CHS Counselors ease the stress of a new semester (with Q&A)

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CHS Counselors ease the stress of a new semester (with Q&A)

Coppell High School lead counselor Debbie Fruithandler meets with Coppell High School junior Swetha Venigandla to talk about important dates and deadlines for future Dance to Make a Difference club meetings. Fruithandler is the counselor for those with last names starting with V-Z and in the sophomore, junior, or senior class.

Coppell High School lead counselor Debbie Fruithandler meets with Coppell High School junior Swetha Venigandla to talk about important dates and deadlines for future Dance to Make a Difference club meetings. Fruithandler is the counselor for those with last names starting with V-Z and in the sophomore, junior, or senior class.

Jennifer Su

Coppell High School lead counselor Debbie Fruithandler meets with Coppell High School junior Swetha Venigandla to talk about important dates and deadlines for future Dance to Make a Difference club meetings. Fruithandler is the counselor for those with last names starting with V-Z and in the sophomore, junior, or senior class.

Jennifer Su

Jennifer Su

Coppell High School lead counselor Debbie Fruithandler meets with Coppell High School junior Swetha Venigandla to talk about important dates and deadlines for future Dance to Make a Difference club meetings. Fruithandler is the counselor for those with last names starting with V-Z and in the sophomore, junior, or senior class.

Briana Thomas, Staff Writer

By Briana Thomas

Staff Writer

The dawn of a new semester has arrived. For students at Coppell High School, first semester grades are now locked in, finalized and set in stone. But future classes have yet to be decided.

The overwhelming sensation of choosing classes for a new semester has managed to put students of all grades into a academic frenzy. Second semester for juniors can be best described as a desperate scramble for success with choosing the most strategic combination of classes.

However, the wide array of choices provided in the CHS course selection, makes the process of a lot easier. Choosing classes directed towards desired majors and minors, and taking AP courses makes the applications/admissions for university a lot smoother. But not all aspects of this academic journey are so fluid.

Students’ lives manifest themselves on sheets of paper – from resumes’ to recommendation letters – stress overflows.

Fortunately, students’ aren’t alone in this journey. Second semester is an incredibly hectic time for our CHS counselors as well. Inboxes overflow with questions regarding GPA, Dual Credit  courses, college applications and much more. Counselors try their best to manage time, but with so many students, there are never enough answers for everyone.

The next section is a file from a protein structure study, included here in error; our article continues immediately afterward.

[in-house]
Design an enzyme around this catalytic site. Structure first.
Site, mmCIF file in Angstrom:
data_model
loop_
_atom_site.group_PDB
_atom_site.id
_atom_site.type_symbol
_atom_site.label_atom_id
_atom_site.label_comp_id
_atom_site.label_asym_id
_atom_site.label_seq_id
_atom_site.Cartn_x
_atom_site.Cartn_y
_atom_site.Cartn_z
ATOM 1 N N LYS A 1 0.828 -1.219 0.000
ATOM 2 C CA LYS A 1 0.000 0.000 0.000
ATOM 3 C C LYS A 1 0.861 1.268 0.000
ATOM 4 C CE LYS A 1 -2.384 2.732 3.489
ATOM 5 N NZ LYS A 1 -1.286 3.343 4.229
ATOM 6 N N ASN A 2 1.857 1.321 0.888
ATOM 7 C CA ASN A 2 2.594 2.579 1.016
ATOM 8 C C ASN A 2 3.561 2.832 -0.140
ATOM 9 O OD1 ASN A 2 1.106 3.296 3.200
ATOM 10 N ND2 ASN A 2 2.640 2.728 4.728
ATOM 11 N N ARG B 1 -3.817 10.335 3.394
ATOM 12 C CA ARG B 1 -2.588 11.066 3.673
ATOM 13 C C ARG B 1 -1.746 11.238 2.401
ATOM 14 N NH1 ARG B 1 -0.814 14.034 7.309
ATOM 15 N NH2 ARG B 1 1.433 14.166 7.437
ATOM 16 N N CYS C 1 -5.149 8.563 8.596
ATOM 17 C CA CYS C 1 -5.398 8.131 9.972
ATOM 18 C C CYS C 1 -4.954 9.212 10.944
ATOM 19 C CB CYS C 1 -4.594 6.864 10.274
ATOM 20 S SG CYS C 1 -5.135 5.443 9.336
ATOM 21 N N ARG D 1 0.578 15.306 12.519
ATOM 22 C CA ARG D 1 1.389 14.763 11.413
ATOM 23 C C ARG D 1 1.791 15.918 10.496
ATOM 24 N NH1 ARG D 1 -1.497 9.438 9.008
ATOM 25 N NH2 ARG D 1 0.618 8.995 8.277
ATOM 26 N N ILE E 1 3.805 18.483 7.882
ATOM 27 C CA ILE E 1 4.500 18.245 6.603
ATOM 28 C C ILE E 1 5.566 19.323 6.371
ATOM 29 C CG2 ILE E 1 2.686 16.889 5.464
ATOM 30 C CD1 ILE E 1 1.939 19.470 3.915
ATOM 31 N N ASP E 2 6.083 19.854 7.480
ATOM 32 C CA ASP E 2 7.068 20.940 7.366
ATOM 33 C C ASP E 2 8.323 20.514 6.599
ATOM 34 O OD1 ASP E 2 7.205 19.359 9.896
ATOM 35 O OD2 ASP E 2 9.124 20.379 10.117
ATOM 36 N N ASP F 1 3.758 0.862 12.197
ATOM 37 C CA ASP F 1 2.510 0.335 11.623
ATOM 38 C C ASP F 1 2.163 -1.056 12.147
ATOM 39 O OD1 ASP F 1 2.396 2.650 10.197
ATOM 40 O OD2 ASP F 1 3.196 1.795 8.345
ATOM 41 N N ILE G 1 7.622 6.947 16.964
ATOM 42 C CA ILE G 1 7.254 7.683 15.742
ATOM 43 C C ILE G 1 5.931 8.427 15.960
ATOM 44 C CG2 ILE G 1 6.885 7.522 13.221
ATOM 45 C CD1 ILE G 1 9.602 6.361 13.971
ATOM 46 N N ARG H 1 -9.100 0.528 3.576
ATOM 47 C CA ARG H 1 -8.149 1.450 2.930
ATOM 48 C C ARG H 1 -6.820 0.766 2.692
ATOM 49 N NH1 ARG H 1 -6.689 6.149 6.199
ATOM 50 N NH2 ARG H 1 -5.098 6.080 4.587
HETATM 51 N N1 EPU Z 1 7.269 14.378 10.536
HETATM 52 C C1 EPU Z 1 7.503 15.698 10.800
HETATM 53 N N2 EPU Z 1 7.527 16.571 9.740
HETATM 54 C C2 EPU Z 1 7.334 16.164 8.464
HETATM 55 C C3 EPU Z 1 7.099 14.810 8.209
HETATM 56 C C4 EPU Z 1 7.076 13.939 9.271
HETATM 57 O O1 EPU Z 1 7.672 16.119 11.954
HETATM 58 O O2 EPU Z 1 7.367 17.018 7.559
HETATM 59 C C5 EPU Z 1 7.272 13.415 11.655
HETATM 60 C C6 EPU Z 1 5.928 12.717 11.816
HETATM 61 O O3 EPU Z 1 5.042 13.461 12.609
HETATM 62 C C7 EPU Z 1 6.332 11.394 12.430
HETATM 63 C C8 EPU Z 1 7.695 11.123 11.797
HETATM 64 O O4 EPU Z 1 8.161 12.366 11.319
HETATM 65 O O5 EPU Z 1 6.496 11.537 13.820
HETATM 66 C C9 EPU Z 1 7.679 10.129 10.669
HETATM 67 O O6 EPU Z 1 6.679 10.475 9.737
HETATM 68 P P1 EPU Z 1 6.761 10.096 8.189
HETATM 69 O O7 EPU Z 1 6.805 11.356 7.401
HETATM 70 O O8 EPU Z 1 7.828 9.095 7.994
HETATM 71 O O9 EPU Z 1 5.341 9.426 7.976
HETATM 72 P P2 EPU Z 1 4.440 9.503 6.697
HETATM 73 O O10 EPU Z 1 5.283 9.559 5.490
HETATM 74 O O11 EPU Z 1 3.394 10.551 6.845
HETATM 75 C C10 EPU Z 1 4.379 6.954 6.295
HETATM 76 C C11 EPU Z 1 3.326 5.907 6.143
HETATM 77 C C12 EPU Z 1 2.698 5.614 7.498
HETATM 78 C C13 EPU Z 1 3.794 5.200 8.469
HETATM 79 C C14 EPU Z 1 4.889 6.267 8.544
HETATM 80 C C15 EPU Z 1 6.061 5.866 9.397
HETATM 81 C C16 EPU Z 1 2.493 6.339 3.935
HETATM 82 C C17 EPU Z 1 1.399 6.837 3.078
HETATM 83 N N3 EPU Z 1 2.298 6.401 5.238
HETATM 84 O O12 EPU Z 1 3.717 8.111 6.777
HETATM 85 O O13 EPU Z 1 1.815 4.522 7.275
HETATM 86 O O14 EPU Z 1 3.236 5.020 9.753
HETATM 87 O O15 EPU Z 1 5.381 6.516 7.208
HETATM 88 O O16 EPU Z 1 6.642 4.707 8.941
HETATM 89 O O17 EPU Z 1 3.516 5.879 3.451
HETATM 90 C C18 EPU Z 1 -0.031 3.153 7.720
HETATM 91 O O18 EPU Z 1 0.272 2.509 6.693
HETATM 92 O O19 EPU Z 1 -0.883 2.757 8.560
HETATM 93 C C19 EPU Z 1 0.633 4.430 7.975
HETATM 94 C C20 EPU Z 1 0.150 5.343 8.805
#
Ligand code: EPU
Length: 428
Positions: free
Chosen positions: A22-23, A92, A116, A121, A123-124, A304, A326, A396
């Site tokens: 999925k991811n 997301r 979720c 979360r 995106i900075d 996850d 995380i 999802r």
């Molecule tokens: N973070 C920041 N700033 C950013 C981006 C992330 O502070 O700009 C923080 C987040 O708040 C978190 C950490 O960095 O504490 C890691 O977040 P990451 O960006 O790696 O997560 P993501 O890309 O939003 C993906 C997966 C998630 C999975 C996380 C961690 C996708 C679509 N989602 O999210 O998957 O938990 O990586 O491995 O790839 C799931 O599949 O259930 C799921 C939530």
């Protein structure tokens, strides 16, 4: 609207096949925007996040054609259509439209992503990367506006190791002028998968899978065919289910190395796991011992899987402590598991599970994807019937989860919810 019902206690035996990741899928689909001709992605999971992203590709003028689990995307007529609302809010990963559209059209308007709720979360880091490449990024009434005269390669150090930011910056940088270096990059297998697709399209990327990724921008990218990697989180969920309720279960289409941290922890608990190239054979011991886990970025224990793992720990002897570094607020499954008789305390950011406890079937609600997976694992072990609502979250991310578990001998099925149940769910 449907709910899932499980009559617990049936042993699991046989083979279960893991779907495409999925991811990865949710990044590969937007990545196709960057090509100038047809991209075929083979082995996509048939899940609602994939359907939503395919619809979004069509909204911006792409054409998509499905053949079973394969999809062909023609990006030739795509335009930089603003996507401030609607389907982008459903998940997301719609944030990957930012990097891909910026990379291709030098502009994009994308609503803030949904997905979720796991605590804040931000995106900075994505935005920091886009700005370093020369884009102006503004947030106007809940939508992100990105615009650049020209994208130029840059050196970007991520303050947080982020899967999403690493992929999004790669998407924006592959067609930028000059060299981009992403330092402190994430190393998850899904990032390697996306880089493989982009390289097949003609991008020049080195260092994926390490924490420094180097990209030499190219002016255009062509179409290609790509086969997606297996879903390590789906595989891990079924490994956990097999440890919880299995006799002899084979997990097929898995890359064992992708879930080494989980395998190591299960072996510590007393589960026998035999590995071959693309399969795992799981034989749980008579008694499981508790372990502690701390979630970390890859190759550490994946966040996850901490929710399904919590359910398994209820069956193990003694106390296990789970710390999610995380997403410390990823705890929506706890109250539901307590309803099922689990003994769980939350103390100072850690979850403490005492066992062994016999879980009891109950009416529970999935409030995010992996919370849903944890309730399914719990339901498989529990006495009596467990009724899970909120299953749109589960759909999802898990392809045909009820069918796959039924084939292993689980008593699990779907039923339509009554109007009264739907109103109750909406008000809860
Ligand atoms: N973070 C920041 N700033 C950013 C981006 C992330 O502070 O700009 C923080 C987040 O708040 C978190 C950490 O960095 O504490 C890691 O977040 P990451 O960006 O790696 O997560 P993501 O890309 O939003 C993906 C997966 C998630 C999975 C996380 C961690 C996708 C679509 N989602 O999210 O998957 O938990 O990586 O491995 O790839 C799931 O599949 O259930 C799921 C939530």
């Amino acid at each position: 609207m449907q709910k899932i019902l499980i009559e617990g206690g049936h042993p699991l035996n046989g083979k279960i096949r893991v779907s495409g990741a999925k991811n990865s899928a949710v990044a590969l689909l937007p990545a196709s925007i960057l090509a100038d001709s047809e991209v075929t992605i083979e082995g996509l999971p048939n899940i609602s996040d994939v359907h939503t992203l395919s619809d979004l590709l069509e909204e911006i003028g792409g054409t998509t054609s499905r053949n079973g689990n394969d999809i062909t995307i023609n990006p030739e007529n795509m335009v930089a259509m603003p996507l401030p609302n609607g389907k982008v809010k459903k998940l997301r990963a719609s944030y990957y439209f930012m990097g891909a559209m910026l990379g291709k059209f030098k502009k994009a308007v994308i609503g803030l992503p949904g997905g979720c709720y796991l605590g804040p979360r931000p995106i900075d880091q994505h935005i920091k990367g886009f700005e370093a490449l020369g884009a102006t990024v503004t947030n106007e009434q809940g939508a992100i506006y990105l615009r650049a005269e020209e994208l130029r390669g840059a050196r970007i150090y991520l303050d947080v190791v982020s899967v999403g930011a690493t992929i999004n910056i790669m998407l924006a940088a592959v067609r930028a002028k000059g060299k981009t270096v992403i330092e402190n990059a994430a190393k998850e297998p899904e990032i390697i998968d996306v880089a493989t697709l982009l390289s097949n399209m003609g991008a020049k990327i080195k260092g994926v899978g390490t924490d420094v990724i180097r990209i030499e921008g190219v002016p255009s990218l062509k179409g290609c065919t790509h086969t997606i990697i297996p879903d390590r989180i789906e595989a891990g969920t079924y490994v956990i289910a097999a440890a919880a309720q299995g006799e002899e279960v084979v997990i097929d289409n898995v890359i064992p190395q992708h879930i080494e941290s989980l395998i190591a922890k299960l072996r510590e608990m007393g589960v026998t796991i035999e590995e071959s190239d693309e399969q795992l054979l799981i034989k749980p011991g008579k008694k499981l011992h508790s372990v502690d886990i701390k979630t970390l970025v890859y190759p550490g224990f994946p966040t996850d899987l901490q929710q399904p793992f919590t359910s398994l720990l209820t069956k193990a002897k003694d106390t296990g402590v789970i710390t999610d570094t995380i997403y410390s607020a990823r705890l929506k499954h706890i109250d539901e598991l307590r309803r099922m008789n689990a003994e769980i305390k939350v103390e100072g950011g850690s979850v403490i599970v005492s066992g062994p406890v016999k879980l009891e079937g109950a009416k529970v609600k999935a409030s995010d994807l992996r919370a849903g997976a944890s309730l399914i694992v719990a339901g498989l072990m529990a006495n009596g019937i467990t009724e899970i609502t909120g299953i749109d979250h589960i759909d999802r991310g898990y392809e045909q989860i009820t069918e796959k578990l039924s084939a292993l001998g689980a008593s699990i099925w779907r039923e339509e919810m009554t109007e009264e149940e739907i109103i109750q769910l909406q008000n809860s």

The provided Q&A will alleviate your worries and act as a guide for any future academic inquiries you may have, all answered by one of our counselors Mr. John Crook.

 

What advice do you give juniors who are looking to improve their GPA in just one semester?

It’s definitely going to be tough. The best thing to do is not look at your overall GPA, but look at how well that spring can be. More selective schools will look for a continuum. And if they see a nice spring semester for the junior year, it would make a difference in the admissions process. It won’t directly affect your GPA that much, but it’s more about the amount of improvement from the previous semester

What are your top two tips to academic success?

First, be organized. Know what’s coming up and have a calendar of what’s going on. Second, have a framework of what it is you are going to see, and once you see those things you can plug it into what you already know. Same goes for studying. If I have U.S. History Chapter 15 on Monday, I’ll read through Chapter 15 and have a good idea of what’s going on. Then, when I go to class, I’ll get a lot more out of it. It’s one thing to just throw darts without aim but when you’re throwing at a board, you have framework and a goal.

How significant are extracurriculars/volunteer services in terms of college admissions?

They are not as much as people think. Mainly helps for the standpoint that the student is well rounded. A lot of universities, particularly public universities, will look more at numbers. They take your GPA, SAT scores – they’re not going to look very far down at other things. Now for students who don’t meet that automatic admission, or general standards or you’re applying to a more holistic school, then it starts to matter more. So mainly students do it for their well being as opposed to how it’s going to look on their application.

Where can I start finding volunteer opportunities?

www.volnow.org  is a fantastic website with all kinds of volunteering oppurtunities for students.

 

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